“Freedom can wait, I’m staying put for Dad”

Ashwathy shared a link with this message,

“There are a lot of people sharing this on Facebook and applauding the attitude of the girl. While it’s definitely good that she is taking care of her parents… somewhere I really felt that she is losing out on her own life in the process. What about her own dream to travel, see the world, live by herself, work in a different country etc etc.?
Why is nobody seeing that aspect?”

What would you do if you were in this daughter’s place, or in place of her parents?

Take a look at some excerpts from the post,

“I had it all worked out for after my graduation ceremony in August. First, no more curfews. Then, short internships overseas, a yearly holiday to Seoul, perhaps even a fulltime job abroad.

Finishing university would be my ticket to independence and freedom. But something I did not expect is happening – my father is growing older.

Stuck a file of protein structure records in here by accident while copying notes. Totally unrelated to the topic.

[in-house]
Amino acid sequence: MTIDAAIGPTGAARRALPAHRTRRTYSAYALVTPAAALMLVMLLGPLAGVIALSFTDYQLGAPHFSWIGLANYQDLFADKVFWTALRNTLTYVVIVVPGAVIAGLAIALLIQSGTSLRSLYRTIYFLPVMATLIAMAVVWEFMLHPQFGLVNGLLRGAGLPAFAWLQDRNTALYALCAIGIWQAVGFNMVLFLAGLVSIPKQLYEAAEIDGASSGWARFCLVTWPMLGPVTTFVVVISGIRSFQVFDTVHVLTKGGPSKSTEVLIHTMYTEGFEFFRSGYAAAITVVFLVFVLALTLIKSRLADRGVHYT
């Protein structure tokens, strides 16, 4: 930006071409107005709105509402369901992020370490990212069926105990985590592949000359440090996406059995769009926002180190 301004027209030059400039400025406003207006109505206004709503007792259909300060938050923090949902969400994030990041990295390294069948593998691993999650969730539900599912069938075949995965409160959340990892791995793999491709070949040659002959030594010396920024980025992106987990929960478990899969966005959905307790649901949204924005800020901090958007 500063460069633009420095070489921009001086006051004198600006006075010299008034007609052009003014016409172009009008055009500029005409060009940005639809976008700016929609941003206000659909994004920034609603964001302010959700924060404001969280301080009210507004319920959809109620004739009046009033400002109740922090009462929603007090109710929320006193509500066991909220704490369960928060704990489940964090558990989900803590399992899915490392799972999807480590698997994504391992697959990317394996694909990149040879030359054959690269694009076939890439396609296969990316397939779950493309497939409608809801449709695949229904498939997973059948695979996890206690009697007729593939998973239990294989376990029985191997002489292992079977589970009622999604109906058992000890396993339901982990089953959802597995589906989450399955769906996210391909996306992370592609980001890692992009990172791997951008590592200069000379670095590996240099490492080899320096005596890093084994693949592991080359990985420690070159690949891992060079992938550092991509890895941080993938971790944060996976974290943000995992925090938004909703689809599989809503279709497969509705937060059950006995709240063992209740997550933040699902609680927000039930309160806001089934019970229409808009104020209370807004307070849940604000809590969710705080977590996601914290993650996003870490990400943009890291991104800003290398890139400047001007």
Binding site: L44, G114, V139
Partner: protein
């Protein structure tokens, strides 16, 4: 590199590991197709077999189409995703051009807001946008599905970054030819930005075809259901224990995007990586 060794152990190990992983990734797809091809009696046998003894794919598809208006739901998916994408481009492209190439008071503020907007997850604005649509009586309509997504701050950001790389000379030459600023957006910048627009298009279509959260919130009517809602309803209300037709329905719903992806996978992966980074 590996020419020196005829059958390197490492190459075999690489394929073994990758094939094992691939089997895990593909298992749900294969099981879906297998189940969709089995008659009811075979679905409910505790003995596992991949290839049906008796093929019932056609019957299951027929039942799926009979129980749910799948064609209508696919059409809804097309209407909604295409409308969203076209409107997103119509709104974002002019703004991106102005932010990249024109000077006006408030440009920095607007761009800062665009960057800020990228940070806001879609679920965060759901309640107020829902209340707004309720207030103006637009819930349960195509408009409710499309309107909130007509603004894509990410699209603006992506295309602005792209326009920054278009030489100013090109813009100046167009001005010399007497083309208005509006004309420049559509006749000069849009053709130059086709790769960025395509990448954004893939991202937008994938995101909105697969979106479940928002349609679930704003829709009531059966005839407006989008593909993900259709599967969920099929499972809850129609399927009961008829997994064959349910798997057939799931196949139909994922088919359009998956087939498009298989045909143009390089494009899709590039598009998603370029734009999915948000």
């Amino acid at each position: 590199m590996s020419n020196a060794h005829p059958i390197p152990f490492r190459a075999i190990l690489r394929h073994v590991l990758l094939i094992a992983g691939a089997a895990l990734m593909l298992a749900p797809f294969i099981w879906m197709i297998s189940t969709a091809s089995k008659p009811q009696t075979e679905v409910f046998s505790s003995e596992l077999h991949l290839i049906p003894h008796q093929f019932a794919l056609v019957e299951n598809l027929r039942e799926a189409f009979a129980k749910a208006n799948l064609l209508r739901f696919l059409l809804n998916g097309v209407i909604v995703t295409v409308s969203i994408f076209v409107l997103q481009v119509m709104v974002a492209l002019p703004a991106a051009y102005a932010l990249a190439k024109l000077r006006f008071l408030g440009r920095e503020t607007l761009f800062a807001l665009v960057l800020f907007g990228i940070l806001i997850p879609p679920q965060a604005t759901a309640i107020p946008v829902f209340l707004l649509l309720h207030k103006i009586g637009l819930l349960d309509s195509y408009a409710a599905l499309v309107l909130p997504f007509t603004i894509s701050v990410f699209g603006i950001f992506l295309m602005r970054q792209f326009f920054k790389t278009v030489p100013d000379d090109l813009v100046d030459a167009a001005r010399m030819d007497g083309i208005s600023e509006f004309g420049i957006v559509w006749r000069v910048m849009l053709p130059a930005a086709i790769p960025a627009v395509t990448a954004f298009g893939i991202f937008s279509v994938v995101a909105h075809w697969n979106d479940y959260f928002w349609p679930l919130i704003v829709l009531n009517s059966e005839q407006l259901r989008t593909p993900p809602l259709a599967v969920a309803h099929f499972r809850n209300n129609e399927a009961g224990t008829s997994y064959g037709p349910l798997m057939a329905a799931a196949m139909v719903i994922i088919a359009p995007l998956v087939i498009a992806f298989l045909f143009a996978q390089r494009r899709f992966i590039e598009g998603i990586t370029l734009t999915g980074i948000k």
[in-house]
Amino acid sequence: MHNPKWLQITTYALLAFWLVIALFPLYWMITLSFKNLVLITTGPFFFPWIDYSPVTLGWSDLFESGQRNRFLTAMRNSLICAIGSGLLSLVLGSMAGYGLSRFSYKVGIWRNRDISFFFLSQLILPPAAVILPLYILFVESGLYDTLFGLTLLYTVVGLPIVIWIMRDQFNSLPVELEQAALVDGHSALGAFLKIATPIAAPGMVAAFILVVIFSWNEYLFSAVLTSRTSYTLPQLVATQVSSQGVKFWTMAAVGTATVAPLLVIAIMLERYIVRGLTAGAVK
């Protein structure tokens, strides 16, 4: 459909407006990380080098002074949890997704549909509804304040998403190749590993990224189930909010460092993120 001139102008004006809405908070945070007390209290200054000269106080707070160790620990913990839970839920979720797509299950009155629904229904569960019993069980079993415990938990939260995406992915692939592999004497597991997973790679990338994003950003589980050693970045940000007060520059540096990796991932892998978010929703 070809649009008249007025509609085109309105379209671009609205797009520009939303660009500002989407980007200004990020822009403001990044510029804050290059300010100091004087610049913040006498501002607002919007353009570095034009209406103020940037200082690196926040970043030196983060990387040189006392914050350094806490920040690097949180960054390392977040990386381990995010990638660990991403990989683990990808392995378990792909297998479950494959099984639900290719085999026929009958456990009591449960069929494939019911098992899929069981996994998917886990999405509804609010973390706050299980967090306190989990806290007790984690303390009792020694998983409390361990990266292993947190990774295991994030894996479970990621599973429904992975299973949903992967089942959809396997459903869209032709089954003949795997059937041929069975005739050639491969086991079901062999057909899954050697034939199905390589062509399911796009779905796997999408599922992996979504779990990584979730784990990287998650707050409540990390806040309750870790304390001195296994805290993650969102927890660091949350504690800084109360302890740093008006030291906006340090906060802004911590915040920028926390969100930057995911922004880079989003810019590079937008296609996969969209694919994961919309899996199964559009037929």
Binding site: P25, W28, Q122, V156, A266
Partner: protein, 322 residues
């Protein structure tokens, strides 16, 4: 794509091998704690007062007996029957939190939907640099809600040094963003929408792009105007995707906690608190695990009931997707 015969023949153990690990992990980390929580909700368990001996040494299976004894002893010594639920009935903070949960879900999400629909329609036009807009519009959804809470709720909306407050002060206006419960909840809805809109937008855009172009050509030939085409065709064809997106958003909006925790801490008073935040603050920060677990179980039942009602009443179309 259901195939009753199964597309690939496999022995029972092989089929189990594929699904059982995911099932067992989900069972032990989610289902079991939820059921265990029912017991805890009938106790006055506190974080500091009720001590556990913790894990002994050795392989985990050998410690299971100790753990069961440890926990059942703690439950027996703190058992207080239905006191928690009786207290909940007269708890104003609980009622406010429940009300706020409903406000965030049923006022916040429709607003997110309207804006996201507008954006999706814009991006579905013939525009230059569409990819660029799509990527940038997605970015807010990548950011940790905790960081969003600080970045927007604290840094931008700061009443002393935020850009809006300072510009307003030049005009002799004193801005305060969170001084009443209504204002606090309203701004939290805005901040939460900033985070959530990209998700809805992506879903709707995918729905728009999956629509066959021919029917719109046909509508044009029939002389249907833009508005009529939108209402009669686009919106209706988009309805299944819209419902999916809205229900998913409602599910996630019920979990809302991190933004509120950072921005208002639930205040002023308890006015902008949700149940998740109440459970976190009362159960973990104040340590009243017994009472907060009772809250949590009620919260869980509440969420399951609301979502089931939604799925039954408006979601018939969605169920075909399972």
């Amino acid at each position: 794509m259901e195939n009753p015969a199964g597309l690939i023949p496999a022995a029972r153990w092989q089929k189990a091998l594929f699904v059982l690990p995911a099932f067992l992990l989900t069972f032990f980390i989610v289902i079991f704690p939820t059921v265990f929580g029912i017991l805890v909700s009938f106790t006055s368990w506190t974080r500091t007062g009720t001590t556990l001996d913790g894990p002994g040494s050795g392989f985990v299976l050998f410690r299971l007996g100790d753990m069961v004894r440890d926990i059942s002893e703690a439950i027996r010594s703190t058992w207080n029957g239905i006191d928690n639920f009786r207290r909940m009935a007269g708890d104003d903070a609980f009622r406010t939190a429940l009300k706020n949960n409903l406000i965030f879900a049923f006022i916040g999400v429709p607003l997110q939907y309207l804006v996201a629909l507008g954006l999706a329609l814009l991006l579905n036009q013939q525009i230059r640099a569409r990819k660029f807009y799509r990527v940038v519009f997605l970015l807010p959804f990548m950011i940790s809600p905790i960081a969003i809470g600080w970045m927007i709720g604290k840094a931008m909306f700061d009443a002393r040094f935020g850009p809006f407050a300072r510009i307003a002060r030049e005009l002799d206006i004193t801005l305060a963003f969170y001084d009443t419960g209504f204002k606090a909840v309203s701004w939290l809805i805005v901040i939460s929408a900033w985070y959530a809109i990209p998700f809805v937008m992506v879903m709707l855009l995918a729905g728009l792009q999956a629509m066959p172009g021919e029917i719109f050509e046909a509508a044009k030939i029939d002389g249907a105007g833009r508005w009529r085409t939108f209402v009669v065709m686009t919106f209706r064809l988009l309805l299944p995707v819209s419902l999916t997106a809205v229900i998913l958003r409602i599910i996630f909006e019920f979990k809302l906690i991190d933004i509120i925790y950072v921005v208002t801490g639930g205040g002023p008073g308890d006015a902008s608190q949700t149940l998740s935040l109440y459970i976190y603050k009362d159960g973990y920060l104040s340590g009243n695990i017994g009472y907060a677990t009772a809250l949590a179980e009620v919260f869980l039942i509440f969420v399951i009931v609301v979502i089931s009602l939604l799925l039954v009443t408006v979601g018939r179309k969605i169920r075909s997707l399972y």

…My father was a formidable force, full of contradictions: loving but harsh, intellectual but distant. He watched sappy Korean TV dramas but never discussed relationships or boys with my two sisters and me.

With time, there was a growing tension between us over this rigidity, and particularly his insistence that I give up my decade-long involvement in theatre. It was my passion, pride and joy, but he had other ideas on what strengths I should focus on.

So I stopped when I started university, but as an unspoken compromise I refused the usual applications to study medicine or law.

In my second year as a communications student, I went on an exchange programme to Seoul and those five months provided me experiences I had never had back home. When I came back, I longed to leave again.

Now, with only months to go, something has changed, and it has to do with my father’s health.